How I Ended Up in Jail

I scanned my room. Everything was gone. From the poster of a kitten chasing a computer mouse that I had won at the book fair in the second grade to the crystals that dangled from fishing line in my window. My clothes in my closet? Gone. From the old lace of my vintage wedding gown to the satin of my first high heels… all of it gone.

These were things I held dear. The things I wanted to show my children, the things I’ve had since I was small enough to depend entirely on my mother and father. It was all gone. They might be mere earthly possessions. My Buddhist scriptures tell me I don’t need them, but I’m not ready to let go. They even took my first dream catcher. I never let anyone else touch it. I haven’t since my uncle, the one who gave it to me, died. He died fourteen times in one day. The paramedics just kept shocking him back to life. His body would jerk, his eyes bulge, and his arms thrashed around like an alligator had him by the legs.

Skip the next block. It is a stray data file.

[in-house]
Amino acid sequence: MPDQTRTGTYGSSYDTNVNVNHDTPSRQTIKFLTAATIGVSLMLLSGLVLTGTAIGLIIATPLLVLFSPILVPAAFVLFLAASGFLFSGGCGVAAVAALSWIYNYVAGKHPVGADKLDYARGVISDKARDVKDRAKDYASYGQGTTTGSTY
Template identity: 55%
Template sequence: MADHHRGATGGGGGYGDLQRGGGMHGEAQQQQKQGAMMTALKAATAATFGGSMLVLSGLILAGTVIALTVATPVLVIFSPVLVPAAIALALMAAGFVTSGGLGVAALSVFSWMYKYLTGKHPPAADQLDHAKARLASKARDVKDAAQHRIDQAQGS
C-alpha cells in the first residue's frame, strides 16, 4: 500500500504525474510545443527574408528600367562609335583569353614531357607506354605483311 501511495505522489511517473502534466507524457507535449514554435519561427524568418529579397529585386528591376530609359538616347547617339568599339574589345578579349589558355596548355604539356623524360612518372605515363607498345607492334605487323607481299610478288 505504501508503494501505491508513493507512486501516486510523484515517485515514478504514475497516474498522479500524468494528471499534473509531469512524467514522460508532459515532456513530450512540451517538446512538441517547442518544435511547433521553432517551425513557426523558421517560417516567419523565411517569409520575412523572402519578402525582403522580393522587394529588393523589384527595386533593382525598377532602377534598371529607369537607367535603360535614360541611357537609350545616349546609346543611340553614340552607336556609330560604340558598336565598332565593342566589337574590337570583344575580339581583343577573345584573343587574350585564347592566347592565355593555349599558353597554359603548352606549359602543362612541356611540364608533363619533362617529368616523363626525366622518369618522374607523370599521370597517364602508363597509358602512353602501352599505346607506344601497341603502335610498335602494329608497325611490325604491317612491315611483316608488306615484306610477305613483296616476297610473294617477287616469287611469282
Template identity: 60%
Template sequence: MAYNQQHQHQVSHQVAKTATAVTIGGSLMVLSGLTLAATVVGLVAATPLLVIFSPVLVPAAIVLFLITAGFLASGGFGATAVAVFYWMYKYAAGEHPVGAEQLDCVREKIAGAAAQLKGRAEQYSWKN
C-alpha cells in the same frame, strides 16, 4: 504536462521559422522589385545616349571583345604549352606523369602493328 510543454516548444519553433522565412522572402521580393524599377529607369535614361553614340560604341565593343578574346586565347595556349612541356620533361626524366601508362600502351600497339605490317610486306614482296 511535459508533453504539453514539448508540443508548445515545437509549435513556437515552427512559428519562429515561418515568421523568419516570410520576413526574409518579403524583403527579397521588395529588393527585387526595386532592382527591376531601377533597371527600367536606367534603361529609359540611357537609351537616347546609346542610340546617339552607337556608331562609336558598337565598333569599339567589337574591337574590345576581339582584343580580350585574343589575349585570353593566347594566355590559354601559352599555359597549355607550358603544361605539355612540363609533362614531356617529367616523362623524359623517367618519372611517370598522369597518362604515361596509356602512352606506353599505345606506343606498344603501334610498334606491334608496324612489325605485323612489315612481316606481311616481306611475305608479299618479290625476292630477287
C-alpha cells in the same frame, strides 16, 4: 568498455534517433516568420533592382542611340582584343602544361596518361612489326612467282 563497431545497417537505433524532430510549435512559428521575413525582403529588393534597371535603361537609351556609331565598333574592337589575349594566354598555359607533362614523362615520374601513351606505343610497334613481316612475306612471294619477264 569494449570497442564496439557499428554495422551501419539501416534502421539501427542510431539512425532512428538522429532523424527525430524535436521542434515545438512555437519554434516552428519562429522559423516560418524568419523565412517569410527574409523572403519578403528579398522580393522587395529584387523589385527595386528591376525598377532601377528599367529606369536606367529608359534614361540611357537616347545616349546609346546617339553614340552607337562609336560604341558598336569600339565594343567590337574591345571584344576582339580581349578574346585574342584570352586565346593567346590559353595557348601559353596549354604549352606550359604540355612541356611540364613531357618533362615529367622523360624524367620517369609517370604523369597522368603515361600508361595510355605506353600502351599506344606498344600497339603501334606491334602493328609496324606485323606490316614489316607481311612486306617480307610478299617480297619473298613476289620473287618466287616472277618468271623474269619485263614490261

I confronted my father. With everything gone, I was upset. I was beyond upset. I needed to calm down before I talked to him. I went to grab my guitar. Gone. My paints. Gone. My iPod. Gone. My meditation crystals. Gone. My yoga mat. Gone.

Unlike most people, my anger turns to self-loathing. I tried to distract myself from the itch. My traitorous brain reminded me of paring knives downstairs. Then I remembered the razor blades I kept with my makeup for this occasion. But I couldn’t do that. My boyfriend would see. He would blame himself.

I went downstairs. I was in tears. If I told my father what was on my mind, he would help me through this. That’s what fathers do, right? I told him. He looked at me, his hazel eyes hooded and void of emotion. He opened his mouth and said, “You’re a smart girl. You can figure it out.”

But I couldn’t. That’s why I was asking for help. I tried to tell him that I didn’t want to relapse again. This whole time those paring knives were shining in the kitchen lights. I lunged and grabbed one, and closed my eyes preparing to feel the pain.

I felt my dad’s fist make contact with my gut. He picked up the house phone to call 911. I suddenly realized: he thought the knife was for him.